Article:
Seattle U men go into WAC men's basketball tournament hopeful that close losses can turn into victories. The Redhawks open the tournament against Texas State on Tuesday.
The Seattle University men’s basketball team’s hopes for success at the Western Athletic Conference tournament rest on reversing a seasonlong trend of losing the close ones.
In their first game of the tournament, at 6 p.m. Tuesday at the Orleans Arena in Las Vegas, the Redhawks will play a team that frustrated them as much as any this season — Texas State.
Seattle U enters the tournament as the No. 10 seed, with a 3-15 conference record, 8-21 overall.
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That record includes an 0-8 mark in games decided by four points or less. The Redhawks lost twice to Texas State — 86-83 at KeyArena on Jan. 26 and 67-65 in San Marcos, Texas on Feb. 28.
While the fact the Redhawks were so often so close proved exasperating for coach Cameron Dollar and his players, it also offers a ray of hope.
“Despite our record, I think all the guys on the team and the coaches feel like we can come into the tournament and still make noise and still have a chance to compete,” said senior forward Chad Rasmussen. “We have competed with every team we have played this season.”
This is the first time Seattle U has been eligible for the NCAA tournament since 1980. But the road to the Big Dance won’t be easy. The Redhawks will have to win four games in five days, beginning with Texas State, the No. 7 seed. The winner will advance to play No. 2 seed Denver in the quarterfinals at 2:30 p.m. Thursday.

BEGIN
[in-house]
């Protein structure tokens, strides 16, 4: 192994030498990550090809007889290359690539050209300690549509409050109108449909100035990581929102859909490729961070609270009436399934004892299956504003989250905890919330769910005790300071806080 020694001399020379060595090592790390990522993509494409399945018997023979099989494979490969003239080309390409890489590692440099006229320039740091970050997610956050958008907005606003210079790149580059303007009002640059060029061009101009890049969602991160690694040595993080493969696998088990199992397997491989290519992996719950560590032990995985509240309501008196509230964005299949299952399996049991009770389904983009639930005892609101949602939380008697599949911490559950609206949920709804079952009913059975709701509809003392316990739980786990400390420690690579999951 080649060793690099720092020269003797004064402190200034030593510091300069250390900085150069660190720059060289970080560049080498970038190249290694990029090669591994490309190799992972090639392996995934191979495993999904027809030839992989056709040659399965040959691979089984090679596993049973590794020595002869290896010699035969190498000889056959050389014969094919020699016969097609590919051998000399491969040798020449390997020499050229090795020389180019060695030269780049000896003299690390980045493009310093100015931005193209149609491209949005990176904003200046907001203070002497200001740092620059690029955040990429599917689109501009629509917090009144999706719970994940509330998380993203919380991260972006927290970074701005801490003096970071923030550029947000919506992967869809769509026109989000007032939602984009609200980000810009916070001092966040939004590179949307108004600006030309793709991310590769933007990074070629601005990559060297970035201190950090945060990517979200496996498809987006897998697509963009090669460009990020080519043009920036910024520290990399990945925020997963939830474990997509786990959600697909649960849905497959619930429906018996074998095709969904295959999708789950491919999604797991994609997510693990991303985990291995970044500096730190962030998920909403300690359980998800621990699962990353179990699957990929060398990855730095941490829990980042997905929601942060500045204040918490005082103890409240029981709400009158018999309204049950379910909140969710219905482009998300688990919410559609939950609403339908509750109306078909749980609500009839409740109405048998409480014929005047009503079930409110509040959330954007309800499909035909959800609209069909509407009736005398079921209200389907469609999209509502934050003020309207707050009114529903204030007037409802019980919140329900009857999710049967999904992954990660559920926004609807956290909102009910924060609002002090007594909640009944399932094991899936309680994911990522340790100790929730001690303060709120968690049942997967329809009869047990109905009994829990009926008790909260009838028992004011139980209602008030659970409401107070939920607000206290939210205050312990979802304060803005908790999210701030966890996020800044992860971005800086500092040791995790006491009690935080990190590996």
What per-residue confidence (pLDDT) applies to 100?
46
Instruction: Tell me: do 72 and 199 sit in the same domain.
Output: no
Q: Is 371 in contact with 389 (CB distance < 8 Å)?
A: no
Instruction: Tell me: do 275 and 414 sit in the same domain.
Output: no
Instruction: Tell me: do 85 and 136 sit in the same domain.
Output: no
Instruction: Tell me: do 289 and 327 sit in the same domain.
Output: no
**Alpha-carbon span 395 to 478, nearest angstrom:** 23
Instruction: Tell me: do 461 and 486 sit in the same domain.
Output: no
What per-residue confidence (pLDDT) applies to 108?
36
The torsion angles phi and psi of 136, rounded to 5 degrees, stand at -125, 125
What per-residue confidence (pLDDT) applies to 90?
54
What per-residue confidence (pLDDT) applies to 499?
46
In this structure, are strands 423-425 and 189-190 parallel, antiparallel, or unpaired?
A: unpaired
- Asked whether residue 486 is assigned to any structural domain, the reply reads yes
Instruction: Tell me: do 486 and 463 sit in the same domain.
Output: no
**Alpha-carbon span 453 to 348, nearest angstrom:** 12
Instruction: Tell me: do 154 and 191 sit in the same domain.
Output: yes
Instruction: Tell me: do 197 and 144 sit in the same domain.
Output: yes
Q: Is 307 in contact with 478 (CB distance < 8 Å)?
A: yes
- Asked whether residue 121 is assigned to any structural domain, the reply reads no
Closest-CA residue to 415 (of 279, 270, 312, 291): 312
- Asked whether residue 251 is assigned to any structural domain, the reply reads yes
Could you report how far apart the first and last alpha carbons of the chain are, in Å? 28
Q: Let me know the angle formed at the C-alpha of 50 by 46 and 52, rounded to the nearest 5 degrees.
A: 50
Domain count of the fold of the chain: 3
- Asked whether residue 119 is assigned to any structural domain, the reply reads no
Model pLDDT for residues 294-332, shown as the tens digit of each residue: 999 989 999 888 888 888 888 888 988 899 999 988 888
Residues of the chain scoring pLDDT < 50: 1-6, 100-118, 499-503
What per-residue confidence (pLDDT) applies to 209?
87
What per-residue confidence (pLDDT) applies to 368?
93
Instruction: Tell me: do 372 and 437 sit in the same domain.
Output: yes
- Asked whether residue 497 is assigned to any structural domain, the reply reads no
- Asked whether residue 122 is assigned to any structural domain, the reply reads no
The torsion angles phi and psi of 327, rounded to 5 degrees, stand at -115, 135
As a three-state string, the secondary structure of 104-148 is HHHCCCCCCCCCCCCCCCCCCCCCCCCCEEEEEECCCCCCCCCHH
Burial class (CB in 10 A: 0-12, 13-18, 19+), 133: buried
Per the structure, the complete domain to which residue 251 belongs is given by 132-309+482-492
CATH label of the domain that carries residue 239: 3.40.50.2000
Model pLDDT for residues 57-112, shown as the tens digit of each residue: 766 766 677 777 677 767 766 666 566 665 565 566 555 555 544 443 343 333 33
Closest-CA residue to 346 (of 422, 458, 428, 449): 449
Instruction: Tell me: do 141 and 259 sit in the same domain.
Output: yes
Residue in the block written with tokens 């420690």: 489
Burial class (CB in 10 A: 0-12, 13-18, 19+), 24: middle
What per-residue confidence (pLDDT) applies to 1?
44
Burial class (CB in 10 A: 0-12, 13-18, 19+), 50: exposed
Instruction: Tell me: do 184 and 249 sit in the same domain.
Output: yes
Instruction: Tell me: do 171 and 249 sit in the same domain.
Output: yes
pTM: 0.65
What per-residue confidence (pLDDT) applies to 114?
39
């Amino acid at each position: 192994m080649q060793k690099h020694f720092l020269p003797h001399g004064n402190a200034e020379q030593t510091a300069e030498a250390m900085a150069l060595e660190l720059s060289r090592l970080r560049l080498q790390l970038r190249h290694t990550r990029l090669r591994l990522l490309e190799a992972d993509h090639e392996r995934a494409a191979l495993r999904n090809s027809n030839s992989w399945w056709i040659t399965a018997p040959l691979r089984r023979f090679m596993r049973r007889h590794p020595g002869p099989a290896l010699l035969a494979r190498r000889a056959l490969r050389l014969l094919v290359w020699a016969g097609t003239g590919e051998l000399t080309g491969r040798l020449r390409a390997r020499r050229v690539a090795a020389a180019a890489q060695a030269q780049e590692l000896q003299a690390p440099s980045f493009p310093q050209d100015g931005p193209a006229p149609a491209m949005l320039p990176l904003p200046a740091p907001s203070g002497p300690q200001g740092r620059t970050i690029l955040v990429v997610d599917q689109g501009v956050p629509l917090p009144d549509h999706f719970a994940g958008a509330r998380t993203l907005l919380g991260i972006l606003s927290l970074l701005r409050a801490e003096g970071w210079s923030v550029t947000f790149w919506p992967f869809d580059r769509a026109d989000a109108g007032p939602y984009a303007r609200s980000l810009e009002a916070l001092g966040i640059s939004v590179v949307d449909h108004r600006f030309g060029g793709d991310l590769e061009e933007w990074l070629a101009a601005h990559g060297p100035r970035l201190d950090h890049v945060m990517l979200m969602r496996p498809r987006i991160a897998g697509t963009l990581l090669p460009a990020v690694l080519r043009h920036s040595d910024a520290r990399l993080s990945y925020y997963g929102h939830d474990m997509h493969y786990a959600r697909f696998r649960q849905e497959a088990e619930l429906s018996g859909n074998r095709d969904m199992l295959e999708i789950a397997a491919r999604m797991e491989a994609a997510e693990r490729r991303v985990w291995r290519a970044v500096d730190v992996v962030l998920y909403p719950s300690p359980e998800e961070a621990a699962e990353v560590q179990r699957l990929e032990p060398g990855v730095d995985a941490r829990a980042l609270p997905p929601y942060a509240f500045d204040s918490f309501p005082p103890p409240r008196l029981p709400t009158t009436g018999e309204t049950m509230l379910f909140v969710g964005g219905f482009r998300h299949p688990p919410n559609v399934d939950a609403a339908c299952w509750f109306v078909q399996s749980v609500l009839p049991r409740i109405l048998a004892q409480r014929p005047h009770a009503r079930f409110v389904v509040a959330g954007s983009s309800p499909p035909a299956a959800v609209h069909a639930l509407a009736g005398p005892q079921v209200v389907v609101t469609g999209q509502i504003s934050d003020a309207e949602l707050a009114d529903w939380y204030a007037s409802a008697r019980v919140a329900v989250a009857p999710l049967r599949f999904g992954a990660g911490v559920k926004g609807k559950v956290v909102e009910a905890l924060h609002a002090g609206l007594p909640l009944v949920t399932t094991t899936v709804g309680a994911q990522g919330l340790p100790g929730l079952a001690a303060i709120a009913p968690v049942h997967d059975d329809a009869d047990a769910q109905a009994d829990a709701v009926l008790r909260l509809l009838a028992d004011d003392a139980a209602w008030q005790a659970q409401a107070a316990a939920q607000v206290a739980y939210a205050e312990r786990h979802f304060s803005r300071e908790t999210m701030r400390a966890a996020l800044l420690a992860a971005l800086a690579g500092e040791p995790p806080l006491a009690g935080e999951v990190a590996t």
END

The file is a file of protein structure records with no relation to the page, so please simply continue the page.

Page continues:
“You’ve got four games to … shock the world,” Dollar said. “I’m definitely still optimistic and looking forward to the challenge.”
The Redhawks will need a long run in the postseason to avoid the worst record of Dollar’s four years at Seattle U. The Redhawks were 17-14 in Dollar’s first season in 2009-10, 11-20 in 2010-11 and 12-15 last season — all as an independent when the school was finishing the transition to full Division I status.
Dollar, though, points to the close games as evidence the program continues to make progress.
“I am disappointed because we should have gotten over the hump more times than we have,” he said. “But it just makes me more determined to get over it. It’s not so disappointing that it makes me want to pack it up. It actually makes me want to ramp it up even more because it is so close.
“In looking toward Vegas, it’s where dreams are made. You’ve got four games to change your whole season. You take it one game at a time. You get over the hump one time, it leads you to the next time.”
What the Redhawks also must do is keep turnovers in check. They’re averaging 18, tied for 345th out of 347 teams nationally.
Dollar, though, said turnovers haven’t been the sole cause of the team’s woes.
“There hasn’t really been a common theme (to the close losses),” he said. “We’ve lost them about every way you can lose them.”
That includes Seattle U’s past two games — a 75-74 overtime loss Wednesday to CSU-Bakersfield and a 76-72 loss Saturday at Idaho. Dollar, though, says the fact the Redhawks have not gotten down in the face of all the tight defeats is a sign that hope remains.
“Sometimes programs go through this kind of a challenge,” he said. “You have these growing pains and you fight and you fight to get over the hump and you finally break through. … You can see the progress, you just don’t see it in the win-loss column.”
He hopes that changes this week.
Bob Condotta: 206-515-5699 or firstname.lastname@example.org. On Twitter @bcondotta.